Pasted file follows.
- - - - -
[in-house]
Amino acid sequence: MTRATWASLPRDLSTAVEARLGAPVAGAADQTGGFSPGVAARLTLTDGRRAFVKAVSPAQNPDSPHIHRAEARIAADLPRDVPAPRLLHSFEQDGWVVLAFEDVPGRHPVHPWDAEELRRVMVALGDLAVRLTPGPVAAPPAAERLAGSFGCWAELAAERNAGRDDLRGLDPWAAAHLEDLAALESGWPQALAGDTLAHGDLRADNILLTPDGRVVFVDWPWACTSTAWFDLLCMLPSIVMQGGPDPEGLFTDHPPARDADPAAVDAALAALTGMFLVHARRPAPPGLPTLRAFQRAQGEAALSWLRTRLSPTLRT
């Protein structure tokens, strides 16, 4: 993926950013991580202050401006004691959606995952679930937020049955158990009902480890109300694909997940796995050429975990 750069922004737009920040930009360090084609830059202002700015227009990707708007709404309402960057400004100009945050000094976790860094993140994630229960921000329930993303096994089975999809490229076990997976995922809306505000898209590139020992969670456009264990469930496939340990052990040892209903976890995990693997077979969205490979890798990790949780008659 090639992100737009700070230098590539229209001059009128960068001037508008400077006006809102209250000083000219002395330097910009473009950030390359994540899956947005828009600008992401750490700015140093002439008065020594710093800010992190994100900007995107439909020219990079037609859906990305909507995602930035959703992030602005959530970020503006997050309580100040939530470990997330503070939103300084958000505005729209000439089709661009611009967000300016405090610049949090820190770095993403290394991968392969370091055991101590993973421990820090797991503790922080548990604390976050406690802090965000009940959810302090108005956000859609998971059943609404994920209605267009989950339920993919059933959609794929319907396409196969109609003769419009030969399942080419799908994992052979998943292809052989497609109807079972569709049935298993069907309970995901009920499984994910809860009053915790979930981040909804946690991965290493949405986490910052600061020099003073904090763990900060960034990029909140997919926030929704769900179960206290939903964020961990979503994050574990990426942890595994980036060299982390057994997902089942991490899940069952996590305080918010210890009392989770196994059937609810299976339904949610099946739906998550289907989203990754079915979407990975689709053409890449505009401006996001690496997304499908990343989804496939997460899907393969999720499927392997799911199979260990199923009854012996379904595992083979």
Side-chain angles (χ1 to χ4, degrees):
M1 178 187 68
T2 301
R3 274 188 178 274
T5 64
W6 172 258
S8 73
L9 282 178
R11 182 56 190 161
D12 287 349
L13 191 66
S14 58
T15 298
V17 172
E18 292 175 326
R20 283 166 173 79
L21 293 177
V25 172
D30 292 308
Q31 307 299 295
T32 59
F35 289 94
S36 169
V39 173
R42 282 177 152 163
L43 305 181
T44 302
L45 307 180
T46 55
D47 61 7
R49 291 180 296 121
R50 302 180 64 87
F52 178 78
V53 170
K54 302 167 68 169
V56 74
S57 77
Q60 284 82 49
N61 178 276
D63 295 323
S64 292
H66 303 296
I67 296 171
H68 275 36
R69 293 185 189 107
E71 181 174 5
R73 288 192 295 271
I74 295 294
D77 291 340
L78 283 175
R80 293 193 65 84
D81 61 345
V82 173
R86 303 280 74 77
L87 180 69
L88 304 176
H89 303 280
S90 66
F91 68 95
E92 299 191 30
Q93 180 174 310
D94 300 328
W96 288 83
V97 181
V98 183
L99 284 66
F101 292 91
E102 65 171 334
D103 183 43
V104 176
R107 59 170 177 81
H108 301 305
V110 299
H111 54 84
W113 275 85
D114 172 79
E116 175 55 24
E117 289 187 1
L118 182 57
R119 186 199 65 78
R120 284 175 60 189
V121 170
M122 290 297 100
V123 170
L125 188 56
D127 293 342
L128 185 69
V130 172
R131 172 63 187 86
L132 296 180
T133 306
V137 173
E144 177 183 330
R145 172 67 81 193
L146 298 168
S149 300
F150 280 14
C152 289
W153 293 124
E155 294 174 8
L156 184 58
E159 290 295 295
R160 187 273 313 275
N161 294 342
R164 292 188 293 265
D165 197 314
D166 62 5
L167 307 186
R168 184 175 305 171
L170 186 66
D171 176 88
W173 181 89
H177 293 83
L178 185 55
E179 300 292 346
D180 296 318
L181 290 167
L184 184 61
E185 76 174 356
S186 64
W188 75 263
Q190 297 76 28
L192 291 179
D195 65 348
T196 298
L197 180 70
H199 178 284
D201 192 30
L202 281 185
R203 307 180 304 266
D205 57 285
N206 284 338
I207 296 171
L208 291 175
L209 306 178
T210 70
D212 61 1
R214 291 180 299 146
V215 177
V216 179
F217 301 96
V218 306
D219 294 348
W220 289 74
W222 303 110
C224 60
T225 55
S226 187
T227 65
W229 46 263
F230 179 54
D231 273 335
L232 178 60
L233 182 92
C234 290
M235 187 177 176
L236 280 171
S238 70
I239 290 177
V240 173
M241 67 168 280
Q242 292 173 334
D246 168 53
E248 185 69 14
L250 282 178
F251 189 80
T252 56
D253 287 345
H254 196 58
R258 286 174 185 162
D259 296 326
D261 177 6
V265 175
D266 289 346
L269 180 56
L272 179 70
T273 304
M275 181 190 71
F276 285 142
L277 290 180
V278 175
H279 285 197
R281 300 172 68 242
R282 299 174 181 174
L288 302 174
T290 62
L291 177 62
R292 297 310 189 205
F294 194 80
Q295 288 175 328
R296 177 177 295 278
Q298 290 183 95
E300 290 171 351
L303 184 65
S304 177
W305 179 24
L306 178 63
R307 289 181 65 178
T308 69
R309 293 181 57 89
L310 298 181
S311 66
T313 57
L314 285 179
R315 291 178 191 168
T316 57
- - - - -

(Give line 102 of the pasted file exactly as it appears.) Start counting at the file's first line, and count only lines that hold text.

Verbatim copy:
W153 293 124